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Laceration in Dogs

By: Dr. David Diamond

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A laceration is a wound produced by the tearing of body tissue. Unlike an incision with smooth edges, a laceration is often jagged and irregular. As a result, there can be variable degrees of damage to the underlying body tissue and structures depending on the depth and force of the trauma that caused the laceration. Minor trauma may damage the skin only. Major trauma may damage deeper muscles and tendons, or extend into the abdominal or chest cavities.

The wound created by the laceration is frequently contaminated with debris and bacteria, and all lacerations have the potential for hemorrhage, or infection. Lacerations associated with the following signs may require emergency treatment:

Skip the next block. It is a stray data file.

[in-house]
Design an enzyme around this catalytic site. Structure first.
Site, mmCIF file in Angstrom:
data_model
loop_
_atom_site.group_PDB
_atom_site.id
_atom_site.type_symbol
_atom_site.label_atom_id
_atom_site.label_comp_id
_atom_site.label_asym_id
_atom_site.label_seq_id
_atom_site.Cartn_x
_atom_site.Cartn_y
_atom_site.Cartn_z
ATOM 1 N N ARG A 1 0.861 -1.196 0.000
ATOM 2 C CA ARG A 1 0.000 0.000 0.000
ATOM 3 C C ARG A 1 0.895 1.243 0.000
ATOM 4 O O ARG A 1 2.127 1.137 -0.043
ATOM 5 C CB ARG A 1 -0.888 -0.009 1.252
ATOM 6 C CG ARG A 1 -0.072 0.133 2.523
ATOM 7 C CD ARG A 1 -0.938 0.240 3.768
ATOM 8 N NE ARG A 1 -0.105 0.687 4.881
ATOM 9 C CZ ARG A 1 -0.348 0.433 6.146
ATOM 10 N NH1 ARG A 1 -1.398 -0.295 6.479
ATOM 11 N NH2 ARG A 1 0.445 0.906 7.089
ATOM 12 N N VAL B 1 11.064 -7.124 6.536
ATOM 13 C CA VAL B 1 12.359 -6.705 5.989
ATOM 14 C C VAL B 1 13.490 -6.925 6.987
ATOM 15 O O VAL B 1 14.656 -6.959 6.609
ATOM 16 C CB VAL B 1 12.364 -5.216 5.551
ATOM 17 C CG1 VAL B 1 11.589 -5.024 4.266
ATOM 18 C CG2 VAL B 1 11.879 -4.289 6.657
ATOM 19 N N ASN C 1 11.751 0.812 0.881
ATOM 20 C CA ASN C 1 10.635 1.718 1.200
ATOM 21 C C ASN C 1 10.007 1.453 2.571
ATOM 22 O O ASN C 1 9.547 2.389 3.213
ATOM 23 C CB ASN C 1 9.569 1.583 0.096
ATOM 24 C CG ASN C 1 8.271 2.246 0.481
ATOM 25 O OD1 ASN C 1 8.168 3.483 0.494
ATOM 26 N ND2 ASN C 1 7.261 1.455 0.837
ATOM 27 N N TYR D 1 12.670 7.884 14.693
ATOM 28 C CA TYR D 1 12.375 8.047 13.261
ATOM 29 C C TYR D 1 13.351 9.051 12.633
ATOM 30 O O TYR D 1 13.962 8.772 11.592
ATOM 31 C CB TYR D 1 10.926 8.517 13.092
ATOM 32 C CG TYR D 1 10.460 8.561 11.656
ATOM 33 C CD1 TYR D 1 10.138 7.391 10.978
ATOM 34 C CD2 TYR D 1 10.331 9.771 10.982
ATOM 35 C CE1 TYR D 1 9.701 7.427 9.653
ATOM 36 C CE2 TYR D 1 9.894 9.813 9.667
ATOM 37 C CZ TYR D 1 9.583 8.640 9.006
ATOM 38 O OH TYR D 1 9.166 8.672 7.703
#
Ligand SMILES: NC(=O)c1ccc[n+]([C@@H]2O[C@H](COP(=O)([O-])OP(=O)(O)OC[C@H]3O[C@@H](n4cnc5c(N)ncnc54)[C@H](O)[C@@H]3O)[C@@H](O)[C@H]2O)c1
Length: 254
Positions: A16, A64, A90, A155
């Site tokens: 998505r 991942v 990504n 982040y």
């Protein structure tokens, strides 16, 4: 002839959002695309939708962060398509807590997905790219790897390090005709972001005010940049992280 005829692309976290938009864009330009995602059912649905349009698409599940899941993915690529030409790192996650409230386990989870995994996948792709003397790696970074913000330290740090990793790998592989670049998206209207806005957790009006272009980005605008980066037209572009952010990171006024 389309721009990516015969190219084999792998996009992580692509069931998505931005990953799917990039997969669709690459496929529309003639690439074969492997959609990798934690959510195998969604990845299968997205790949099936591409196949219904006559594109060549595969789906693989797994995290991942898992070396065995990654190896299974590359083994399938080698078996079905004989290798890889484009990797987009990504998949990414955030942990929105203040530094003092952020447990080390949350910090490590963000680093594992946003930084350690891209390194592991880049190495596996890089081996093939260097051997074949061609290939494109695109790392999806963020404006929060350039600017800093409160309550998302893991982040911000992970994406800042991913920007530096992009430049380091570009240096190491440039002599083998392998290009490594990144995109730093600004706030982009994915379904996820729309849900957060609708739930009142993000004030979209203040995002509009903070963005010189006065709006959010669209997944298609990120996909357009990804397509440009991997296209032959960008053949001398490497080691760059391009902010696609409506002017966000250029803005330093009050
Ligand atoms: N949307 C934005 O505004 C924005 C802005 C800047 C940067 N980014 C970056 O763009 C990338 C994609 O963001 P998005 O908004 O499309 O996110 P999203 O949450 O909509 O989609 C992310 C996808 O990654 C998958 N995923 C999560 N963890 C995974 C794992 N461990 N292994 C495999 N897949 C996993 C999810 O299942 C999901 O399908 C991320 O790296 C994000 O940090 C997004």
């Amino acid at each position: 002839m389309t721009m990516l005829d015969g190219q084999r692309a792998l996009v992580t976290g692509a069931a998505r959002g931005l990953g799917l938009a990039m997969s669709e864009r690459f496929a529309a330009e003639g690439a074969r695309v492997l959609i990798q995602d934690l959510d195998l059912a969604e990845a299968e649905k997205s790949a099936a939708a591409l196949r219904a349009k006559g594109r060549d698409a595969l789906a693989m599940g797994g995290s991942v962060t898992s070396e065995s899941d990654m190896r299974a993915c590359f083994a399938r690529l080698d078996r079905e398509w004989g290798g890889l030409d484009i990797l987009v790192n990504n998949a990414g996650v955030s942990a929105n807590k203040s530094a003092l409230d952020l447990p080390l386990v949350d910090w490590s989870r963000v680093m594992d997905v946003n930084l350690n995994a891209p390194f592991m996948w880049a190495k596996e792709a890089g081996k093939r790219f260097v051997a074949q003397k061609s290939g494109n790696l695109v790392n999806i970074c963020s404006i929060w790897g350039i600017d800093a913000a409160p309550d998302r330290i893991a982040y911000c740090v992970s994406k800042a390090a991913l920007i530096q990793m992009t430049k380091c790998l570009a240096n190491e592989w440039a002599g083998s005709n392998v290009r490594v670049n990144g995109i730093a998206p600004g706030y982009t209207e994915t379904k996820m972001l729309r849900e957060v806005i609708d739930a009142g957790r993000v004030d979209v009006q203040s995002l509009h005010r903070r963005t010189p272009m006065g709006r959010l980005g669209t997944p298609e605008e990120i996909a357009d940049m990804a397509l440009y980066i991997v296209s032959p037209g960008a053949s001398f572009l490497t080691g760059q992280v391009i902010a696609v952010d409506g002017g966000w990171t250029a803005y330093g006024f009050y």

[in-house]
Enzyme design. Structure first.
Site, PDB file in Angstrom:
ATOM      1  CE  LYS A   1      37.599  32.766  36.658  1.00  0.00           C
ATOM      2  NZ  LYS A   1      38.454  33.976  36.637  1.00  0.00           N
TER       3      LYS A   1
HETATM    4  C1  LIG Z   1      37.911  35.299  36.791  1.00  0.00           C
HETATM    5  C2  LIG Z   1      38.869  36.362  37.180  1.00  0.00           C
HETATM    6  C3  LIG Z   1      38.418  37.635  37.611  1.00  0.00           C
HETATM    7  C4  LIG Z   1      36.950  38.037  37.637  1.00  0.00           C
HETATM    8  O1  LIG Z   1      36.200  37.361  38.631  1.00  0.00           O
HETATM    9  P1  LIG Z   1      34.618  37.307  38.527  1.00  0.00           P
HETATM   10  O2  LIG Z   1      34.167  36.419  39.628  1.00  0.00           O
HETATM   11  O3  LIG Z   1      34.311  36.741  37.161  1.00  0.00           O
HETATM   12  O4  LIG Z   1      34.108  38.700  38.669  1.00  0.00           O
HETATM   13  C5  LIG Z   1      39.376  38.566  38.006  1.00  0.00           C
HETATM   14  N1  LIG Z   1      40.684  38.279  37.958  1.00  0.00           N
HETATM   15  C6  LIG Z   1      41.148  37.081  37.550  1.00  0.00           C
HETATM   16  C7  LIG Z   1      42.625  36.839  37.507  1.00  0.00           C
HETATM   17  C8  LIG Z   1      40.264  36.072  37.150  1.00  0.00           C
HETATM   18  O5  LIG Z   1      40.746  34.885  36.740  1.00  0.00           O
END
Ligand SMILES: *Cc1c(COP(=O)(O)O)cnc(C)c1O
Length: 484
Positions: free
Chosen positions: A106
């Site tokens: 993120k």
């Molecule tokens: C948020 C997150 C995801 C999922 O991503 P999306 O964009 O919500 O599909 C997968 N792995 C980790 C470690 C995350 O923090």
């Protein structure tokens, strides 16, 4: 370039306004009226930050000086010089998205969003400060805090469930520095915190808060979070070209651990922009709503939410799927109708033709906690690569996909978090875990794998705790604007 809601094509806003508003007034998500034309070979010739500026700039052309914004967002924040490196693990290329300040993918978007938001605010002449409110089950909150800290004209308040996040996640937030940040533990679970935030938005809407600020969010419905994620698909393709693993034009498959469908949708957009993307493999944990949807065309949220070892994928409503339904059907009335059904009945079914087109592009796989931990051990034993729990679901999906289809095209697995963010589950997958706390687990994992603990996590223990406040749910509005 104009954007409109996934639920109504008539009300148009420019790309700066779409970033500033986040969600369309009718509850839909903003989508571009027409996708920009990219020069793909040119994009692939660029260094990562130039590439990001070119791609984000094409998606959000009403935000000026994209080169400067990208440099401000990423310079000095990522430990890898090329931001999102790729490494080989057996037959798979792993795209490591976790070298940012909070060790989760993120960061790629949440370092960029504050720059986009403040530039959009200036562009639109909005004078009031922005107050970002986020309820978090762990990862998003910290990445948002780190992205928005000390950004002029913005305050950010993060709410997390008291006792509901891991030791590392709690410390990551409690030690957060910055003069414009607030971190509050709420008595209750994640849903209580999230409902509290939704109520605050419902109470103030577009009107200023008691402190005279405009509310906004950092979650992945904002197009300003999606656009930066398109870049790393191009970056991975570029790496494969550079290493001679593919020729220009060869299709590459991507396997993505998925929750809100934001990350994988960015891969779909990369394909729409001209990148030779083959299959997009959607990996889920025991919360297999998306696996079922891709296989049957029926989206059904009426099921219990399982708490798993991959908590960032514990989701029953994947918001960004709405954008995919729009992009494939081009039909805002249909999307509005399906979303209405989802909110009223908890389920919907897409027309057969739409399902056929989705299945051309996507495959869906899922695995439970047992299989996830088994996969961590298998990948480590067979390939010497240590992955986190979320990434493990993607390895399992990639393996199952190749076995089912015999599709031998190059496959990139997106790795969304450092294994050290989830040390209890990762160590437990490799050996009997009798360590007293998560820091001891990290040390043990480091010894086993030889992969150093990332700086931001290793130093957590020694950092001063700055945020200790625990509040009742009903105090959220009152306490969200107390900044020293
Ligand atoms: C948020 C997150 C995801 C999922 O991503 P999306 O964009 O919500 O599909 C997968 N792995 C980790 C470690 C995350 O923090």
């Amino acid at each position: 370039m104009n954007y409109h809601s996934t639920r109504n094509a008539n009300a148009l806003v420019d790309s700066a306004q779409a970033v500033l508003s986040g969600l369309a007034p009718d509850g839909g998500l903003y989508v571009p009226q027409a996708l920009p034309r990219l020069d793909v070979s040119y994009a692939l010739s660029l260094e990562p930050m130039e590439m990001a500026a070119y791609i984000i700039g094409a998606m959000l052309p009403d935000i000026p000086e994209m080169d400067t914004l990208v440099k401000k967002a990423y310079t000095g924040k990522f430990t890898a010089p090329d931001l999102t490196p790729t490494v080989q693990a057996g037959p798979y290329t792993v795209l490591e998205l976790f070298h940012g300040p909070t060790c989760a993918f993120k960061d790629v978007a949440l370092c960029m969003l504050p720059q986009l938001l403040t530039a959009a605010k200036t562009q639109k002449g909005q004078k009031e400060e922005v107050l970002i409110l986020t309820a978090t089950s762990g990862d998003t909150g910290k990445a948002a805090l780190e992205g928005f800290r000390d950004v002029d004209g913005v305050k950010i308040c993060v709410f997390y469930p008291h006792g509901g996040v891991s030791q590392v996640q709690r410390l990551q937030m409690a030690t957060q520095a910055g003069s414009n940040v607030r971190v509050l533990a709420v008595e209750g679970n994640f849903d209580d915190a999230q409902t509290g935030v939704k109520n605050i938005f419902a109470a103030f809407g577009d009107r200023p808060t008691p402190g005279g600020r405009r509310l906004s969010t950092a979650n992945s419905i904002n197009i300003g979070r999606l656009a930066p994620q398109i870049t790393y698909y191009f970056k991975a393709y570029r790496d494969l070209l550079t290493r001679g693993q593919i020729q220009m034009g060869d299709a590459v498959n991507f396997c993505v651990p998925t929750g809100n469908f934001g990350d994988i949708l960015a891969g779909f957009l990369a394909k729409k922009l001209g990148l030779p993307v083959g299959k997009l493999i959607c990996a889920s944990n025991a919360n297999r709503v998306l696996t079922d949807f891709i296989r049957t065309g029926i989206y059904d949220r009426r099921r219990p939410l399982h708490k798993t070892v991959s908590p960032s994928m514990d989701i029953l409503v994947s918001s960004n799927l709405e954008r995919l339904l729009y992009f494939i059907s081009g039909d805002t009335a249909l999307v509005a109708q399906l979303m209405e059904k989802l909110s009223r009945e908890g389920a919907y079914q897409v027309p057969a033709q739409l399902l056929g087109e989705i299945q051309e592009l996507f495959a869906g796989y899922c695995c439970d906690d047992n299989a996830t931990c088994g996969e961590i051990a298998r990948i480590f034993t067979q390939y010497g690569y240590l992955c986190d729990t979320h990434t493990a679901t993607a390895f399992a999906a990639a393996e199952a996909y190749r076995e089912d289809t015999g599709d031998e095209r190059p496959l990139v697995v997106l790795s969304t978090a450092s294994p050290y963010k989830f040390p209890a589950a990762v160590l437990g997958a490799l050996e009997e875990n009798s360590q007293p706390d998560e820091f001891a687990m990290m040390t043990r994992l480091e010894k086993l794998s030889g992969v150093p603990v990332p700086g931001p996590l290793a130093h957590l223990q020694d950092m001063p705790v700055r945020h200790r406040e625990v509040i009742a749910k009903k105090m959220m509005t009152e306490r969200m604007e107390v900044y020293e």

• Uncontrolled bleeding
  • Difficulty breathing
  • Weakness
  • Inability to stand
  • Lameness
  • Abnormal mental state

    Diagnosis

    Diagnostic tests are needed to determine the severity of the lacerations and their impact on your pet. Tests may include:

  • Complete medical history and physical examination. Concurrent injuries should be noted.

  • Screening to determine if your pet is in shock.

  • If severe hemorrhage has occurred, tests for anemia (low red blood cell count), may be performed. However, laboratory tests are seldom needed unless the trauma is severe.

  • A chest X-ray may be needed if there is generalized trauma.

  • An abdominal X-ray may be required to determine the extent of injury.

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